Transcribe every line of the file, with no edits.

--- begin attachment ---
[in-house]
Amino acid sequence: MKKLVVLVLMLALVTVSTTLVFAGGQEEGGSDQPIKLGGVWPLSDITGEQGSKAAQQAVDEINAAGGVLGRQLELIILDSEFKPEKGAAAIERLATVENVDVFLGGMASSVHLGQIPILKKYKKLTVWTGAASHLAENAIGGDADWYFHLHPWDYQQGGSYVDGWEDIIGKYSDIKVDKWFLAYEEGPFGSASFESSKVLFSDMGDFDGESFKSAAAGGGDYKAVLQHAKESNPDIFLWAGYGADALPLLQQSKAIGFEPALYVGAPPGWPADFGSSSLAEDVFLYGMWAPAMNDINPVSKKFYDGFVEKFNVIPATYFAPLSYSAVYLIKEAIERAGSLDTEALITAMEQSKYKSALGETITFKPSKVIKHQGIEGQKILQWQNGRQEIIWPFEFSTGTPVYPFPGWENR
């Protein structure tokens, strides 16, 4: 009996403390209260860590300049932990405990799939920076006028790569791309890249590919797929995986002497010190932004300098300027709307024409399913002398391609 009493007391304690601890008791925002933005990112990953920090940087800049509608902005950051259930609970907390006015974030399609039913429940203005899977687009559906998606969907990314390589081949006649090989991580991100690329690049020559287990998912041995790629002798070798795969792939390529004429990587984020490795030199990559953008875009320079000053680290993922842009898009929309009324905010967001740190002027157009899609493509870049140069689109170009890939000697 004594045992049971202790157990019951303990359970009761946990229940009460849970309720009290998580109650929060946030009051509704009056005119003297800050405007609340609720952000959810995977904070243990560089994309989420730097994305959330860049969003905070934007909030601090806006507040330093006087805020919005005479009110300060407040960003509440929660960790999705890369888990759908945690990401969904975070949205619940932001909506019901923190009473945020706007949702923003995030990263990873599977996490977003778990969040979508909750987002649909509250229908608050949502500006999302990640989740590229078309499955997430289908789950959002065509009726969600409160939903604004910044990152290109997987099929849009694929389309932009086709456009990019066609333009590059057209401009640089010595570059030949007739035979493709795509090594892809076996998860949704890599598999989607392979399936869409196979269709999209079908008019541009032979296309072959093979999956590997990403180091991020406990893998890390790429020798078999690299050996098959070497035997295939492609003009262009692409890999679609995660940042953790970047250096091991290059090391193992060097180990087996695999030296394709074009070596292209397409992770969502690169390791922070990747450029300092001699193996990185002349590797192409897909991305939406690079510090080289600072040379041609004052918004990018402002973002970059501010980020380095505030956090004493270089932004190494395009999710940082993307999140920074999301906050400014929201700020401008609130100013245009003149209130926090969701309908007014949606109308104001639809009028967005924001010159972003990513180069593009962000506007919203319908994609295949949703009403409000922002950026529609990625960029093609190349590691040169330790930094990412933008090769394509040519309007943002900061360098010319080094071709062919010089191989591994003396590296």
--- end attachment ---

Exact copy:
[in-house]
Amino acid sequence: MKKLVVLVLMLALVTVSTTLVFAGGQEEGGSDQPIKLGGVWPLSDITGEQGSKAAQQAVDEINAAGGVLGRQLELIILDSEFKPEKGAAAIERLATVENVDVFLGGMASSVHLGQIPILKKYKKLTVWTGAASHLAENAIGGDADWYFHLHPWDYQQGGSYVDGWEDIIGKYSDIKVDKWFLAYEEGPFGSASFESSKVLFSDMGDFDGESFKSAAAGGGDYKAVLQHAKESNPDIFLWAGYGADALPLLQQSKAIGFEPALYVGAPPGWPADFGSSSLAEDVFLYGMWAPAMNDINPVSKKFYDGFVEKFNVIPATYFAPLSYSAVYLIKEAIERAGSLDTEALITAMEQSKYKSALGETITFKPSKVIKHQGIEGQKILQWQNGRQEIIWPFEFSTGTPVYPFPGWENR
């Protein structure tokens, strides 16, 4: 009996403390209260860590300049932990405990799939920076006028790569791309890249590919797929995986002497010190932004300098300027709307024409399913002398391609 009493007391304690601890008791925002933005990112990953920090940087800049509608902005950051259930609970907390006015974030399609039913429940203005899977687009559906998606969907990314390589081949006649090989991580991100690329690049020559287990998912041995790629002798070798795969792939390529004429990587984020490795030199990559953008875009320079000053680290993922842009898009929309009324905010967001740190002027157009899609493509870049140069689109170009890939000697 004594045992049971202790157990019951303990359970009761946990229940009460849970309720009290998580109650929060946030009051509704009056005119003297800050405007609340609720952000959810995977904070243990560089994309989420730097994305959330860049969003905070934007909030601090806006507040330093006087805020919005005479009110300060407040960003509440929660960790999705890369888990759908945690990401969904975070949205619940932001909506019901923190009473945020706007949702923003995030990263990873599977996490977003778990969040979508909750987002649909509250229908608050949502500006999302990640989740590229078309499955997430289908789950959002065509009726969600409160939903604004910044990152290109997987099929849009694929389309932009086709456009990019066609333009590059057209401009640089010595570059030949007739035979493709795509090594892809076996998860949704890599598999989607392979399936869409196979269709999209079908008019541009032979296309072959093979999956590997990403180091991020406990893998890390790429020798078999690299050996098959070497035997295939492609003009262009692409890999679609995660940042953790970047250096091991290059090391193992060097180990087996695999030296394709074009070596292209397409992770969502690169390791922070990747450029300092001699193996990185002349590797192409897909991305939406690079510090080289600072040379041609004052918004990018402002973002970059501010980020380095505030956090004493270089932004190494395009999710940082993307999140920074999301906050400014929201700020401008609130100013245009003149209130926090969701309908007014949606109308104001639809009028967005924001010159972003990513180069593009962000506007919203319908994609295949949703009403409000922002950026529609990625960029093609190349590691040169330790930094990412933008090769394509040519309007943002900061360098010319080094071709062919010089191989591994003396590296």